Despite being home to some of the most popular beaches in America, Florida has more freshwater springs than anywhere else in the world. While tourists flood the coastlines, you can head inland to one of Central Florida’s dozen spring systems to find a beautiful, serene spot that is perfect for camping in Florida.
One of the largest, clearest spots is Ginnie Springs, located 35 miles northwest of Gainesville. The year-round 72-degree water is perfect for swimming, snorkeling, scuba, and cave diving. The seven-spring system is a magnet for divers who love the underwater cave system, while the gentle current of the Santa Fe River attracts day tubers and kayakers. Pack a snorkel when you go camping in Florida to be rewarded with glimpses of bass, mullet, catfish, turtles, and other natural critters.
Plus, with over one hundred campsites, visitors to Ginnie Springs can also enjoy accessible camping spots complete with electric hookups. If you’re looking for a truly authentic Florida experience, wilderness sites are also scattered throughout Ginnie Springs’ 200 acres, many of which are right on the riverfront or a spring. You will truly be one with nature as you wake up next to your own crystal-clear spring, waiting for you to dive in.
Another nearby spring system perfect for camping is Rainbow Springs State Park, located 60 miles straight south of Ginnie Springs. Rainbow Springs is the fourth largest freshwater spring in Florida and feeds into the Rainbow River, giving the spring a gentle current that is great for tubing or canoeing.The Rainbow River campground has 60 sites ready for both RVers and tent campers, complete with electrical service.
There is no better way to get in touch with nature or experience camping in Florida than with the natural water systems of the state. These refreshing sites are a unique Floridian attraction that will make your next camping experience stand out above the rest. With The Dyrt, you can be sure to find more unique spots for all your camping in Florida needs.
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This place is really pretty. I feel like any major holiday weekend there will be a lot of party people, not much seclusion or quiet. Bring a nice inner tube or rent one and you can cruise down the river. Camping is first come first serve. Find any spot where your car fits and park behind it in the woods. No dogs allowed which is sad. But the waters are beautiful and refreshing. Camping is always fun next to the fire and you can meet some interesting neighbors. Maybe the occasional DJ party hidden in the woods.
Campgrounds are based all around the lake they have bathrooms and hookups for electric on designated rv sites. Tents are set only on a separate designated area. Great to see tons of alligators.
The camp at Bear island is has a good location to camp with tents and rvs with clean bathrooms with toilets no showers no electrical or water for rvs. Even though it looks close off 75W you have to go through the loop to actually get to the camp ground. There is a mix of campsites raging from a loop to a straight road with camp sites on each side. Wildlife includes white tail dear, black bears and alligators. Non were present near the camp site but we saw them on our way back on the preserve grounds.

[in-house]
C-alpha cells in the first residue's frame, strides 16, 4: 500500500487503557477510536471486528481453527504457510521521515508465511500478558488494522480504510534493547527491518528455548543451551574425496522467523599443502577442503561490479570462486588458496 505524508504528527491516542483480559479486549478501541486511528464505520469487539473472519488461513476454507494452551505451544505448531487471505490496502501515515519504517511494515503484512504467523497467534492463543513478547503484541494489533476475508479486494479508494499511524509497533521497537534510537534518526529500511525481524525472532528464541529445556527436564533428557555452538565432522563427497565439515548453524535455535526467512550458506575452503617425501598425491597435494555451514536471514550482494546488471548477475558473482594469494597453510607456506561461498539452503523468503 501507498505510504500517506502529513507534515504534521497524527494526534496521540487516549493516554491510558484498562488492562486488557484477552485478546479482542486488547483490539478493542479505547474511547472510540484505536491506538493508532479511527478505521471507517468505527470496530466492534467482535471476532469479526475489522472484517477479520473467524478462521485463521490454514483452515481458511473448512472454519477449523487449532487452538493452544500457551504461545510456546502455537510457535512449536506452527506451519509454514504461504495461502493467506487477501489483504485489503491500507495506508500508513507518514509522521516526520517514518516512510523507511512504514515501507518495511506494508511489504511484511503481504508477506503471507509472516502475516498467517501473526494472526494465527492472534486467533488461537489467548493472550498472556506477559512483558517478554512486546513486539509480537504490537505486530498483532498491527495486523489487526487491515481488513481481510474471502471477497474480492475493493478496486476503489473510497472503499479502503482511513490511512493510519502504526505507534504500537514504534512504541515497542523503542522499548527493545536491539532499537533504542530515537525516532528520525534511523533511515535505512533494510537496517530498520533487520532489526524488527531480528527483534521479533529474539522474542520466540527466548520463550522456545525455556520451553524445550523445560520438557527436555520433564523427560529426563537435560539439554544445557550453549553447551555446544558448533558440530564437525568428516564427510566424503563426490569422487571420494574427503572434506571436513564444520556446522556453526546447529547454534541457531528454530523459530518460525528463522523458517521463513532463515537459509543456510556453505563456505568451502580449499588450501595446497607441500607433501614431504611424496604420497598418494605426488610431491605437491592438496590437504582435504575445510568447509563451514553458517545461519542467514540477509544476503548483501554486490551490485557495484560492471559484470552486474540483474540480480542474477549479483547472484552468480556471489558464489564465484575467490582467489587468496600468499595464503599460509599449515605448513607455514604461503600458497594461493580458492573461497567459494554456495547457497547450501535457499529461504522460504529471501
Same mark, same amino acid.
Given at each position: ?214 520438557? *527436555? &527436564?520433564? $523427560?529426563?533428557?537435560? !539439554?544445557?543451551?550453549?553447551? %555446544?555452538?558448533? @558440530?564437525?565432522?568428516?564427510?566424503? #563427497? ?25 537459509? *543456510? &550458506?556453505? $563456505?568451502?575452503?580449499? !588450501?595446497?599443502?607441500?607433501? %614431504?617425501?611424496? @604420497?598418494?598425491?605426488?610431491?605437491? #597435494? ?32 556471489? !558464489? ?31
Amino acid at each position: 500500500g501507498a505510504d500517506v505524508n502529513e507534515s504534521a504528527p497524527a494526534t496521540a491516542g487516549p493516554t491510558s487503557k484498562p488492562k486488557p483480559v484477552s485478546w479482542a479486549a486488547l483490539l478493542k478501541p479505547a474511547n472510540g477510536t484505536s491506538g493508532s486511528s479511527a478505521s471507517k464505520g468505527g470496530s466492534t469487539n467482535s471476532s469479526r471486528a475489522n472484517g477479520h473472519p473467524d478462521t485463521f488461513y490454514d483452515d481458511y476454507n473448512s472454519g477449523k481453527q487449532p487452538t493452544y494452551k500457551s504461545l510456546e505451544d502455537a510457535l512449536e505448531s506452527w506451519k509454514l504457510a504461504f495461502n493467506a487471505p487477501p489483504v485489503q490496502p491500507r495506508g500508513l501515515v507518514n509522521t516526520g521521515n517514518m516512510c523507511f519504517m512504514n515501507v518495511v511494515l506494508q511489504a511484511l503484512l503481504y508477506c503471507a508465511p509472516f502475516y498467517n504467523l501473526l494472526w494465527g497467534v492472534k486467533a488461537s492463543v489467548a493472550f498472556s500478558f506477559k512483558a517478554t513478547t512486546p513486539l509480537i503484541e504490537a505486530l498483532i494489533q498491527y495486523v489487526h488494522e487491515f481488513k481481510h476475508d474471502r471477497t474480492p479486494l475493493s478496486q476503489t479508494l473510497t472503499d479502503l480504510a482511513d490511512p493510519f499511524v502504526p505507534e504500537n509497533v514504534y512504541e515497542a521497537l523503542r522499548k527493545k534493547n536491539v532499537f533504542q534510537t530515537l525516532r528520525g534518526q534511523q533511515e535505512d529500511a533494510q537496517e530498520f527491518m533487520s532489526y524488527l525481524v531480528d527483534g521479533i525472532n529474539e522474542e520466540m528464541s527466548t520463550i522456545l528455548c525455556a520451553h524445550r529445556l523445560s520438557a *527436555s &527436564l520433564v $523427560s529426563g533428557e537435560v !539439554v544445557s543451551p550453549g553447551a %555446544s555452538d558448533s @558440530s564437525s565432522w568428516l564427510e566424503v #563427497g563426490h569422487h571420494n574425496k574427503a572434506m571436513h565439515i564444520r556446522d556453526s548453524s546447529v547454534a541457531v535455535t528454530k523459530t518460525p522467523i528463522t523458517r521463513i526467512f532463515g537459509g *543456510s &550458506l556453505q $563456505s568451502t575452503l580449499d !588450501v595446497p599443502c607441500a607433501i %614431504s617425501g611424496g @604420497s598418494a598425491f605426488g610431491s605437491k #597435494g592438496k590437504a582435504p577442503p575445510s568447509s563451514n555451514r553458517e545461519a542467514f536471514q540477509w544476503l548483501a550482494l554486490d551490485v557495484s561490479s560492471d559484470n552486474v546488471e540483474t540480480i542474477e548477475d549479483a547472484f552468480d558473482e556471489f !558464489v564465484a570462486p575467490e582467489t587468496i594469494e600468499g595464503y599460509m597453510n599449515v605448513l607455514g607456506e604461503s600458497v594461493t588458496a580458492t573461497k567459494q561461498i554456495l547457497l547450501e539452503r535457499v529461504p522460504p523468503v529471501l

We camped out at the open field with a breathtaking view of the Bay. The camp site itself is well laid out with tables and fire pits at a reasonable distance from each other. Clean bathrooms and showers and lots of avian species to look at. Definitely recommend the site and trails. Also for convenience there is a shop and boat ramp where you could rent canoes and kayaks.
The beaches are like sugar (miles) and the campground is cozy with clean bathhouses. The park is not manned after sunset so if you're a campground guest make sure you call before 5:00 PM to make arrangements to get to your reserved spot because entry/exit into the park is only available by a coded gate after hours. Dogs are prohibited to roam the state park beaches however are allowed on the public beaches just a few miles away.
The sand is so solid and white, the sea shells are amazing and the water is deep, deep blue.
We had a bit of weather to deal with on our first night but it only got better from there. Our tent site was right on the water and was great for putting our small boat out when we wanted. The bathhouse is clean and the water hot. The views are spectacular.
The only negative is there’s no septic, so you have to have your black/gray water pumped, but even that’s not worth a rating deduction.
Not crowded on a week day. State park requires small entry fee or annual pass. Large, interesting jetty rocks protect the end of the beach. Small beach/ snack shop near parking lot, but this beach avoids the touristy feel of other local beaches.
The lower numbered sites are great for viewing water fowl. The higher numbered sites are where the deer visit. The campground map does not show the jetty in front of sites 2 - 15. The location in Panama City Beach is perfect. From the Park gate it is literally a 5 minute drive and you're in the touristy beach area of PCB.
The air is brisk, the views magnificent, and the campground is clean and neat. There are no facilities other than a porta-potty but that's what camping is about, right?
Beautiful area with amazing kayaking and trail opportunities. Park ranger was by every morning to check on new arrivals. Locals showed up often and late into the night, nothing beyond some off leash dog issues occurred but it's not a place I'd leave my gear for long.
The bad: spots are super close together and there is zero privacy due to that. This ruins the experience of wild camping.
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